SRINIVASAN J. - The question referred for the decision of this court is :
'Whether, on the facts and in the circumstances of the case, the assessee is entitled to claim sum of Rs. 23,200 paid to Keshavlal Talakchand as a valid deduction in the computation of its total income under section 10(2) of the Act ?'
The assessee is a public limited company carrying on business of spinning cotton. In the calendar year 1953, the previous year for the assessment year 1954-55, an agreement was entered into by the assessee with one Keshavlal Talakchand, said to be a yarn dealer of Bombay . On foot of this agreement, the assessee obtained a loan of two lakhs of rupees from the Bombay dealer. Over and above the interest of nine per cent. per annum on the loan, the assessee agreed in effect that he would pay a sum representing two per cent. on the mills prices of the yarn produced and sold by the assessee mill. The agreement made it appear as if all the production of the assessee mill to the extent of rupees three lakhs per month should be supplied to the lender. The assessee was to furnish details of the count, the number of bales, etc., and it was incumbent upon the lender to accept all the goods offered by the borrower. The further clauses of the agreement, however, provided that if only a part of the goods so offered was accepted by the lender, or if the lender desired to have the goods sold by the mill itself, nevertheless a nominal profit of 2 per cent. on the sale of the goods was to go towards the remuneration of the lender. Detailed reference to these clauses is not in fact necessary, for it is agreed that at no point of time was any supply actually made to the lender, all the goods produced being sold locally by the borrower only and the accounts of the lender being credited with this profit of 2 per cent.
It is stated that this argument continued in force till the end of the calendar year. A sum of Rs. 5,817 became payable to the lender as interest on the loan and a further sum of Rs. 23,200 as the 2 per cent. commission on the sale prices in respect of the quantity produced by the mills and sold by it till the end of the calendar year. Both these amounts were claimed as deductible allowances. The Income-tax Officer allowed the interest deduction and disallowed the further sum of Rs. 23,200 taking the view that this claim made under the head of yarn brokerage was intended only to camouflage the real situation and that it really represented the financing commission given to the lender. It was also found that this sum of rupees two lakhs obtained as a loan wen towards discharging certain debenture loans which were held by one Krishnan, who was a partner of the managing agency firm which was managing the business of the assessee company. The view thus was that the expenditure represented by this sum of Rs. 23,200 was not of a revenue nature.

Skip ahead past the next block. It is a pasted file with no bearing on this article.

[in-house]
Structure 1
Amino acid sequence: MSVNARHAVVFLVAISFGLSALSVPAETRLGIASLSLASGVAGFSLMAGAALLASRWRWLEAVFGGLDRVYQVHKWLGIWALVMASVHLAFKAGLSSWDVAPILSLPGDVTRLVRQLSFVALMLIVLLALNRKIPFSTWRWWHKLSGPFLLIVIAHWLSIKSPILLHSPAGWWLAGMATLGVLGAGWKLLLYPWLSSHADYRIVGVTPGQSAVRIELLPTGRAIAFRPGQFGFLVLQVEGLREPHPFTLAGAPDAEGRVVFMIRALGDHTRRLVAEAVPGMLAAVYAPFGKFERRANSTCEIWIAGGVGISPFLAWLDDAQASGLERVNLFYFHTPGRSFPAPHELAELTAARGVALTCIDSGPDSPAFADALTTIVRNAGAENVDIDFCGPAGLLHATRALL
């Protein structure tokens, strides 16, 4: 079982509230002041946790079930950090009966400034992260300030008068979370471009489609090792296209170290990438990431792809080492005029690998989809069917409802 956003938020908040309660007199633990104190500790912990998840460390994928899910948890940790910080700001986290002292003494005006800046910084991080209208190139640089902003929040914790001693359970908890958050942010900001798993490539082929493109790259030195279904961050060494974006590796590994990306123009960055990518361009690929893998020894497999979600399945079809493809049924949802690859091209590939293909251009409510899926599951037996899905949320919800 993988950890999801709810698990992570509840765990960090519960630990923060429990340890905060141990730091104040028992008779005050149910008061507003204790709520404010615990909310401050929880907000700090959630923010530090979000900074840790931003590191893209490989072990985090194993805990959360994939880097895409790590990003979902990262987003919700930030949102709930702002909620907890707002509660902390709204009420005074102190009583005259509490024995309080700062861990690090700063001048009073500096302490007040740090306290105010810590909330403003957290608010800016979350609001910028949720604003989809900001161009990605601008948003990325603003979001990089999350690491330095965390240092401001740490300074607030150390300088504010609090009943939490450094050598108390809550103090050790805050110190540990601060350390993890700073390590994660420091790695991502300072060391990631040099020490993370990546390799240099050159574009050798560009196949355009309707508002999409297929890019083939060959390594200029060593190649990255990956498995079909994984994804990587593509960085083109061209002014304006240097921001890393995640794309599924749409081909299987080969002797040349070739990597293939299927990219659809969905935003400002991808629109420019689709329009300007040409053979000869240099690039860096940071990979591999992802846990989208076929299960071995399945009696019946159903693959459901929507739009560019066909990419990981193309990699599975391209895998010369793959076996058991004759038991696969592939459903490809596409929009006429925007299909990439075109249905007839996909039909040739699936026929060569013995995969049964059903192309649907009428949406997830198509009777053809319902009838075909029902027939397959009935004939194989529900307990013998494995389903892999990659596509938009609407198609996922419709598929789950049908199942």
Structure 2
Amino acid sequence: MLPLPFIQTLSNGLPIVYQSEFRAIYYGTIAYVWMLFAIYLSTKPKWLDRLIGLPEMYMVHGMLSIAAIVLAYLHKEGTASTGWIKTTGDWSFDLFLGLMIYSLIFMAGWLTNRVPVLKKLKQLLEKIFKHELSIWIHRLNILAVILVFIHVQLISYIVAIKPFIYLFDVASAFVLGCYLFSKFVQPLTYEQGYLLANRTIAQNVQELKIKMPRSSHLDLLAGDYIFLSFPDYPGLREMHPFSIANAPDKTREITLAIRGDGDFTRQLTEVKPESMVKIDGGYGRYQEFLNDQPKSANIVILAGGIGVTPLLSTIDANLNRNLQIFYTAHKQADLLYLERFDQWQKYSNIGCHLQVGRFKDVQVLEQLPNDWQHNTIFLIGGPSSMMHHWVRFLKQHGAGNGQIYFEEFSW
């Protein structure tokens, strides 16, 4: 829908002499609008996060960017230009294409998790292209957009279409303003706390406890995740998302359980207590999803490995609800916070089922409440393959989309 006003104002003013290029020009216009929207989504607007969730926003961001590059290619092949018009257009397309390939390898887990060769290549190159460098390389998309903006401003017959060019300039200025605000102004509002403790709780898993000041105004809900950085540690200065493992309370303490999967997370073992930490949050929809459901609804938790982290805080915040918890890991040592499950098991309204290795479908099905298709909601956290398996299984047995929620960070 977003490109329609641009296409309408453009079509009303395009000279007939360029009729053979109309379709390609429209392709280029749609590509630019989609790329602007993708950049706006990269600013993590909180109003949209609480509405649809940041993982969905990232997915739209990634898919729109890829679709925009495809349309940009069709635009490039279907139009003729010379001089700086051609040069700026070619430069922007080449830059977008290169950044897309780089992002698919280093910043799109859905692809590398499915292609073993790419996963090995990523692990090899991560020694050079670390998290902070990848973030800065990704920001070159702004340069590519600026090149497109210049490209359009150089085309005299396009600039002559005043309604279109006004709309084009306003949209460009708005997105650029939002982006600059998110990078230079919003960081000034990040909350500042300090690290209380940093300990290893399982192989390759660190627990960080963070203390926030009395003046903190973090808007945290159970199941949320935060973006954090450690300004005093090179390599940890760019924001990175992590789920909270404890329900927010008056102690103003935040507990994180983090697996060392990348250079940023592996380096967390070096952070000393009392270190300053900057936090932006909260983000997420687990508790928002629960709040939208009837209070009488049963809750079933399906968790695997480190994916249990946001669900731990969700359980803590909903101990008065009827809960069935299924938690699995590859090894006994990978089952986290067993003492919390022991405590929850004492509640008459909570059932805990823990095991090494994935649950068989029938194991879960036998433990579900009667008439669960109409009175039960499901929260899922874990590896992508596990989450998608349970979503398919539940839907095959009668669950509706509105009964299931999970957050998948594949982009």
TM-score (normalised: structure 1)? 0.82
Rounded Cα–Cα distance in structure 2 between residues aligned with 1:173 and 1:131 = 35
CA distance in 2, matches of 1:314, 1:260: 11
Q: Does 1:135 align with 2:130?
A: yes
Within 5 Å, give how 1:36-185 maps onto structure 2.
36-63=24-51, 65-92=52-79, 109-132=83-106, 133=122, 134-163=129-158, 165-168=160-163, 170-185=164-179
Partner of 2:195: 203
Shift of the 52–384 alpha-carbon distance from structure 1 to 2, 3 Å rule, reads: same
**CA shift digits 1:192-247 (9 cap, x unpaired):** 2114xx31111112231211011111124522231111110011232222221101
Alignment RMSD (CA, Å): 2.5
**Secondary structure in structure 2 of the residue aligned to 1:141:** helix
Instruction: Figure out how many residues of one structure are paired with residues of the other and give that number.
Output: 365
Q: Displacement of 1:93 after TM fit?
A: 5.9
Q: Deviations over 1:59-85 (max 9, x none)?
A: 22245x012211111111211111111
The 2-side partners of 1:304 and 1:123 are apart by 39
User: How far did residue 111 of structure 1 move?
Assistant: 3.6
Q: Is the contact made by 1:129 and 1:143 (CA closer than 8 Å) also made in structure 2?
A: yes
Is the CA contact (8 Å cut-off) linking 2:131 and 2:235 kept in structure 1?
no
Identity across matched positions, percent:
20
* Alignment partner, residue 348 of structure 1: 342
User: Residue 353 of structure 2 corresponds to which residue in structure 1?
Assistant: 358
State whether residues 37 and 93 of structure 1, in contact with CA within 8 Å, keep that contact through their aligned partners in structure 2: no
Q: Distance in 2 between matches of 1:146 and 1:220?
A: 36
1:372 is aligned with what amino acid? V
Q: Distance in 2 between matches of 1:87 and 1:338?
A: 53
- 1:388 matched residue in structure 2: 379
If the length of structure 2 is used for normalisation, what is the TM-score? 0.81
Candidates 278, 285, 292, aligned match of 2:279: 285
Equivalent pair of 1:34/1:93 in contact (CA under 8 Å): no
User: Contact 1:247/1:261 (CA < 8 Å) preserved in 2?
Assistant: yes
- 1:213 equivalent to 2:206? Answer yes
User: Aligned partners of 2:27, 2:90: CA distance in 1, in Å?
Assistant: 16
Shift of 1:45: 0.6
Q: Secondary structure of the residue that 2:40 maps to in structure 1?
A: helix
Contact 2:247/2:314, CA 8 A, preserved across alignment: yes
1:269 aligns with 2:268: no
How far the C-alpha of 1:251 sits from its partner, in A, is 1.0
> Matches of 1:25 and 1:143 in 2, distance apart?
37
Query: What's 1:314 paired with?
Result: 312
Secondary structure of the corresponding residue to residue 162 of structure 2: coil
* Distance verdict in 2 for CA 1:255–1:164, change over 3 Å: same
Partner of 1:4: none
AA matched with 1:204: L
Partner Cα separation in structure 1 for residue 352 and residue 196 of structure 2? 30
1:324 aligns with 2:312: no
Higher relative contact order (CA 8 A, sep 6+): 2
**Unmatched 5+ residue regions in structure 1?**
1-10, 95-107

In appeal, the Appellate Assistant Commissioner was also of opinion that there was no real selling agency and that the payment made to Keshavlal Talakchand could only be described as a payment made for the purpose of obtaining capital. It was conceded before the appellate authority that the reasonableness of the expenditure incurred could be looked into be the department. The appellate authority felt that when interest on the borrowed capital was given according to the normal market practice, the further allowance in respect of the same borrowal, under whatever head it might be asked for, could not be granted. The appeal to the Tribunal also failed and an application for making a reference to this court having been dismissed by the Tribunal, the question was directed to be referred to this court on an application under section 66(2) of the Act.